Splenic Rupture After Minimal Invasive Lateral Retropleural Corpectomy
A B S T R A C T
Retropleural minimal invasive approach to the thoracolumbar junction has become more popular in the last decade both for degenerative and traumatic spine surgery as it marries the advantages of direct vision typical of open surgery and the philosophy of tissue sparing which characterizes the thoracoscopic approach. Nevertheless, as with the just mentioned techniques, this approach also requires the caudal displacement of the diaphragm with the organs below including the spleen. The authors report one case of postoperative spleen disruption following a retropleural minimal invasive approach in a patient with an underlying grade II spleen lesion occurred 8 days before and considered safe by the general surgeon. We conclude that even negligible spleen injuries must be considered an absolute contraindication to thoracolumbar junction lateral approach even with minimal invasive techniques.
Thoracolumbar fracture, minimal invasive retropleural, corpectomy, spleen rupture, complication
Minimal invasive anterior approach to the thoracolumbar junction has become more popular in the last decade due to the reduced intraoperative and postoperative morbidity compared to the traditional open access and because of the shorter learning curved compared to thoracoscopy. This approach is generally carried out through dedicated retractors and instrumentation that includes an optical fiber illumination system. Retropleural left approach allows to access the thoracolumbar junction down to the L1-L2 disk and also to the cranial half of L2 vertebral body with no or minimal detachment of the diaphragm insertion. By this approach one can also safely decompress the spinal cord from the front without any manipulation and, if the pleura is left intact, a thoracic drainage, which is always cause of postoperative discomfort and delayed discharge from hospital, will not be required . To approach the caudal part of the thoracolumbar junction the diaphragm and the abdomen content below are pushed downward by a retractor blade. During the left lateral approach, the spleen remains just underneath the diaphragm and this must be considered in polytrauma patient with even minimal injuries to this organ. This aspect has become particularly relevant in the last ten years as the management of liver and spleen injuries by general surgeons turned to conservative treatment in most cases [2, 3]. We report a case of spleen rupture following a minimal invasive left lateral approach to L1 performed ten days after trauma in a clinical setting considered safe by the general surgeon.
A 54-year-old female was admitted in the ER of our hospital following a motorbike accident. At admission, the patient was conscious, hemodynamically stable, abdomen was soft and non-tender. She reported an open 3B fracture of the right tibia, and no neurologic deficit . She also complained pain at the thoraco-lumbar junction. Total body CT-scan showed an incomplete burst fracture of L1 (type A3 in the AOSpine classification) (Figure 1) and a grade II spleen lesion (AAST-OIS classification) with no active bleeding and a minimal fluid effusion around (Figure 2) [5, 6]. The patient remained stable within the next hour (haemoglobin 13,3 g/dL, serum lactate 1.3 mmil/L, and base excess 3 mmil/L, on arterial blood gas analysis) and was sent to OR for the tibial fixation. L1 fracture was given a non-urgent surgical indication. A more accurate examination of CT images revealed a severe pedicle hypoplasia in L2, so a minimal invasive anterior corpectomy and fusion was considered a suitable option to effectively treat the patient with the shortest feasible fusion area. Non-operative management was chosen for the spleen injury, and it was monitored by daily ultrasound examination for one week. As neither bleeding nor changes in spleen morphology were observed during this period spine surgery was performed on the eight day after trauma.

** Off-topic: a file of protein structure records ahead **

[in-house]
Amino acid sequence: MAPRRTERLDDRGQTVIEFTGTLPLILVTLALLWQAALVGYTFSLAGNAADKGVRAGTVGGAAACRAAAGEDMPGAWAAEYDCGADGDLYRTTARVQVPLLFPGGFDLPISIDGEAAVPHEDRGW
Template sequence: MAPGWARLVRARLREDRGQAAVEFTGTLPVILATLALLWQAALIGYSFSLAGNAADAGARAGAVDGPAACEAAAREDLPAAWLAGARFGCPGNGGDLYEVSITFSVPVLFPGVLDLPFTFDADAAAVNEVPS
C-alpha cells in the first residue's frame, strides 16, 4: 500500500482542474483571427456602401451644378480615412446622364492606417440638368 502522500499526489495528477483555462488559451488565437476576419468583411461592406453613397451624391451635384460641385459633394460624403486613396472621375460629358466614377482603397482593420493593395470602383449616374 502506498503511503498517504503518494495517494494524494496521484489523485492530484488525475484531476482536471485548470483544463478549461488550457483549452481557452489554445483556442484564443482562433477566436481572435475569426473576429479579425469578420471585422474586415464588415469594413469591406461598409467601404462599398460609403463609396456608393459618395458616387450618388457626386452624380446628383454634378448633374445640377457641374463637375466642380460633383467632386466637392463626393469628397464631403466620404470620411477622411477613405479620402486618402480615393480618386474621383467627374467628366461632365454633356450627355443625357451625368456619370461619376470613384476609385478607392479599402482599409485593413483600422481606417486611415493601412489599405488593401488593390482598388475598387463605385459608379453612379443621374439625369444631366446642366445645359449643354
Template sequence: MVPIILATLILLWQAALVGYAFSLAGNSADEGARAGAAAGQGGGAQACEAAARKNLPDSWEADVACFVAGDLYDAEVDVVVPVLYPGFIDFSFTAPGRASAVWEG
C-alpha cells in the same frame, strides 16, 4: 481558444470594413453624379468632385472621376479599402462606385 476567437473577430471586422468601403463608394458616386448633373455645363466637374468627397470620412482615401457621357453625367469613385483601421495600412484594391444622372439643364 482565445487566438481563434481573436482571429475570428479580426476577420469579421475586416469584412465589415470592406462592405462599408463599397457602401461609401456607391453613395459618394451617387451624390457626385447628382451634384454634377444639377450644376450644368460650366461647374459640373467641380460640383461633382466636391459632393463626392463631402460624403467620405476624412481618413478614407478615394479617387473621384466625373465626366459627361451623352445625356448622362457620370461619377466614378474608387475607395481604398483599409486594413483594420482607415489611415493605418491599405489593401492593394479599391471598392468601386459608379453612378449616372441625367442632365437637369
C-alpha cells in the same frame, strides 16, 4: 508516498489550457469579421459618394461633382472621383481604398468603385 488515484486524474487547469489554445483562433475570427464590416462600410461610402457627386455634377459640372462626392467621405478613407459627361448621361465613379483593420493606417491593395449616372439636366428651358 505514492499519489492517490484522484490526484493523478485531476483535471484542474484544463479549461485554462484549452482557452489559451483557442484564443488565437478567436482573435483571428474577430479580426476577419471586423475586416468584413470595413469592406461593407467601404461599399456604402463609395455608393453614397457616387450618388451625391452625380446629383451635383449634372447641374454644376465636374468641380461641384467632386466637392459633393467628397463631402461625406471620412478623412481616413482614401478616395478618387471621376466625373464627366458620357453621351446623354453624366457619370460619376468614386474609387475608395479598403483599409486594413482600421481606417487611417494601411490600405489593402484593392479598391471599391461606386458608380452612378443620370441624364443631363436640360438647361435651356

Figure 1: Spine CT-scan showing A3 Type injury of L1 on a) sagittal and b) axial plane. c) Pedicular hypoplasia in L2 makes posterior screwing unfeasible.
Figure 2: a) Total body CT-scan reveals the anatomical relationship between diaphragm, spleen (*) and L1. b) & c) Grade 2 spleen lesion with intraparenchymal hematoma <5 cm is visible on the axial plane.
I Surgical Procedure
The patient was put in right lateral decubitus. By mean of a radiologic landmark placed on the left hemithorax over L1, a 6 cm incision was made above the corresponding rib. A same length tract of the rib was resected and later used as a graft to access the thoracolumbar junction by retropleural approach. A 2 cm tract of the diaphragm was detached from his posterior insertion to reach the cranial half L2 vertebral body. A dedicated retractor, strongly connected to the surgical bed, was placed into the thoracic cavity, and centered on L1. Its caudal blade was then opened downward to keep the diaphragm away from the working area. Next steps were L1-L2 and T12-L1 discectomies, L1 corpectomy and anterior column reconstruction by an expandable titanium caged filled with autologous bone graft (from both the vertebral body and the resected rib). Finally, a titanium plate from T12 to L2 was placed in to further stabilize the cage as no posterior fixation system had been planned (Figure 3).